Research into a lower workplace exposure standard and short term exposure limit for respirable crystalline silica

On 22 March 2024, WHS ministers agreed to Safe Work Australia’s recommendations relating to the ban on the use of engineered stone under the model WHS laws. Read the Ban on the use of engineered stone webpage for more.

Transitional Arrangements

The ban is set to come into effect on 1 July 2024 in most jurisdictions. Jurisdictions will need to implement amendments to their own WHS laws to give effect to the ban on the use of engineered stone. For questions about transitional arrangements and the implementation of the amendments in your jurisdiction, please contact your WHS regulator.

Following a health-based review of the WES for RCS, the 8 hour time weighted average workplace exposure standard (WES) for respirable crystalline silica was recommended to be reduced from 0.1 mg/m3 to 0.02 mg/m3 to minimise the risk of silicosis and lung cancer.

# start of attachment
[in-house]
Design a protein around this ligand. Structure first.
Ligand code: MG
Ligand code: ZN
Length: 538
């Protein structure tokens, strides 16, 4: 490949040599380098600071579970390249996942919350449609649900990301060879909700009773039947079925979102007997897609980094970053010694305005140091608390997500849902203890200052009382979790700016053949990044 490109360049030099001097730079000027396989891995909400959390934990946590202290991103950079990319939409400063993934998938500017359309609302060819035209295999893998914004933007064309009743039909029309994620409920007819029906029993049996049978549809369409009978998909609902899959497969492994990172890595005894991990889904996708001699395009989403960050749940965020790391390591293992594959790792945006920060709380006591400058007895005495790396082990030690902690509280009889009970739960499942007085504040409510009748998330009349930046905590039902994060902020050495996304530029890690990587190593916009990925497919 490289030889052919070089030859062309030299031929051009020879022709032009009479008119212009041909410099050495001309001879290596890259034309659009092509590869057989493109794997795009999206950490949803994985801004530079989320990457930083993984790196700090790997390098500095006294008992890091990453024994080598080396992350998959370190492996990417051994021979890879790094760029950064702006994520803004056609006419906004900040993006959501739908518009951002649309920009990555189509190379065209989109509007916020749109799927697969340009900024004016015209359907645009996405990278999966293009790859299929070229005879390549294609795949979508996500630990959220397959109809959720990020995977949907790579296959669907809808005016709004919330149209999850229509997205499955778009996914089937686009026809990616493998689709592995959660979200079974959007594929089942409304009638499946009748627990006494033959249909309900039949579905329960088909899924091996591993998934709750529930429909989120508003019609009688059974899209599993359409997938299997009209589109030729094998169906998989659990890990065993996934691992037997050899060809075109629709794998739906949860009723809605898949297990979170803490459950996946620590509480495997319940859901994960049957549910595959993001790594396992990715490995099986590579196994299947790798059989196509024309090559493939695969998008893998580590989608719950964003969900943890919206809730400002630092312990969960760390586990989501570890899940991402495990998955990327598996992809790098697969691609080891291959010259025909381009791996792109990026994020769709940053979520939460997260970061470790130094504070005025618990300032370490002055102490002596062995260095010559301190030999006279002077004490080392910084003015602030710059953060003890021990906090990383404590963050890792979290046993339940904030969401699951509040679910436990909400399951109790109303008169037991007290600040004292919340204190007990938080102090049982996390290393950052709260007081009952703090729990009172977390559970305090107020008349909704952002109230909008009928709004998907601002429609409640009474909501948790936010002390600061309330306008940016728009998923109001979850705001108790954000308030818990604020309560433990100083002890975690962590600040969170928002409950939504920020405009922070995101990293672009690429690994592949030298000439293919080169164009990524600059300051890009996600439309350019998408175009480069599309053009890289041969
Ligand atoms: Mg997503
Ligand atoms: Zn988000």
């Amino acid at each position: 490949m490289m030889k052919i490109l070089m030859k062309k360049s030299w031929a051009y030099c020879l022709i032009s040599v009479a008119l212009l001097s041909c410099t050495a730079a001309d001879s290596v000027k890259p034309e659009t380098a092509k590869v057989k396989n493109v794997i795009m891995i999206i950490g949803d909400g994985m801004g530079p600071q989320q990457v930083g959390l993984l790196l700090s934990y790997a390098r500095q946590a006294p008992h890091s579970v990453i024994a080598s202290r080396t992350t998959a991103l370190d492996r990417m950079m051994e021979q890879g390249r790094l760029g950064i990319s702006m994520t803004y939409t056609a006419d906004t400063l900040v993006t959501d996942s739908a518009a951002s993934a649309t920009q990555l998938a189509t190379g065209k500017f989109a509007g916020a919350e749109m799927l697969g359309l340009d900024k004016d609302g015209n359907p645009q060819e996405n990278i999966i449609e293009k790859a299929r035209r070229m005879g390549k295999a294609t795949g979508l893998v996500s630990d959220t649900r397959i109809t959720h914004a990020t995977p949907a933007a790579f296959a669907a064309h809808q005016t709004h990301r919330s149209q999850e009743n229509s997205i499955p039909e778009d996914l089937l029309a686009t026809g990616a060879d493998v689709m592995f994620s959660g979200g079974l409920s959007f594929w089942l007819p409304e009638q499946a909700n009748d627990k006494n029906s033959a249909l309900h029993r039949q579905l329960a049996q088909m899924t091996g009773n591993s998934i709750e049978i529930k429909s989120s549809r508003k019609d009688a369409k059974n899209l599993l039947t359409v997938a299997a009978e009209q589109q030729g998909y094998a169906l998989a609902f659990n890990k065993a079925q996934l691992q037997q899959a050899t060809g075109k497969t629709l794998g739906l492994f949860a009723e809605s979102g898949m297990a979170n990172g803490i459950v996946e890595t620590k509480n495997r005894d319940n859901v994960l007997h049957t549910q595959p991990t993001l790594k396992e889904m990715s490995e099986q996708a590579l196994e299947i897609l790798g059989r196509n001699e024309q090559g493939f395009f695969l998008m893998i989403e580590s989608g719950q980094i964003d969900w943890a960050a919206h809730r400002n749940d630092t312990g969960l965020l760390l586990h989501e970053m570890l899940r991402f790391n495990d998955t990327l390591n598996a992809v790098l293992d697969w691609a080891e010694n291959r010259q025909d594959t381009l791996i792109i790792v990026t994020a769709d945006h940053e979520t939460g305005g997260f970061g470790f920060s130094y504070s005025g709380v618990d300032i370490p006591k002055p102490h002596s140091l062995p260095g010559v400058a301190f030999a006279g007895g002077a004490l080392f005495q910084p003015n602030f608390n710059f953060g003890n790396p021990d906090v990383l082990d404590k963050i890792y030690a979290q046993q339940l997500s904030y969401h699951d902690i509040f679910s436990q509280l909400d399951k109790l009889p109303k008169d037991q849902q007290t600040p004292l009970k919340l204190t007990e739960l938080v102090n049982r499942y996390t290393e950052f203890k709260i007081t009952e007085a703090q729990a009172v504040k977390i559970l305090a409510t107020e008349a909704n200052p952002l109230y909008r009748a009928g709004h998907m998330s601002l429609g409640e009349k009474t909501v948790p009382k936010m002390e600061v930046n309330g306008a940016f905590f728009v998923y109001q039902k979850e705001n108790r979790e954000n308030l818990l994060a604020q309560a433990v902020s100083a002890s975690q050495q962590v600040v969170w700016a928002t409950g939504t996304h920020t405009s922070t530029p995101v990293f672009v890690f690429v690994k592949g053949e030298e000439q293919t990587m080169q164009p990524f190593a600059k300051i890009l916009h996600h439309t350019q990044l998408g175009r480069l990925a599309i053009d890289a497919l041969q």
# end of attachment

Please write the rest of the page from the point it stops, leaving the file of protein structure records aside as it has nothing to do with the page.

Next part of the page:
However, submissions to the public consultation for the WES review raised concerns that a WES of 0.02 mg/m3 would be difficult to measure and enforce. 

In 2019, WHS ministers agreed to lower the WES for RCS to 0.05 mg/m3 with implementation in all jurisdictions as soon as practicable, pending further review of the measurability concerns. 

Safe Work Australia investigated the measurability concerns for an 8 hour time weighted average WES for RCS of 0.02 mg/m3, as well as the option of a short term exposure limit (STEL). 

The report into measuring airborne concentrations of RCS found that there was uncertainty in measuring 0.02 mg/m3 with the current sampling and analysis equipment available in Australia. This was due to multiple reasons including sampling error, analytical uncertainty and laboratory reporting and performance. This report recommended that more work be done on measurement standards and laboratory techniques in Australia before the WES for RCS is reduced to 0.02 mg/m3. The full report is available at Measuring respirable crystalline silica.

The report into adding a STEL for RCS did not recommend a STEL if the 8 hour time weighted average WES is 0.05 mg/m3. The report stated that any exposure above 0.05 mg/m3, even for short periods of time, is not recommended and that a STEL would only provide additional protection when used in combination with a WES of 8 hour time weighted average of 0.02 mg/m3. The full report is available at Short Term Exposure Limit for Respirable Crystalline Silica.

Safe Work Australia continues to monitor developments in the measurement of RCS to inform future reviews of the WES.

Supporting information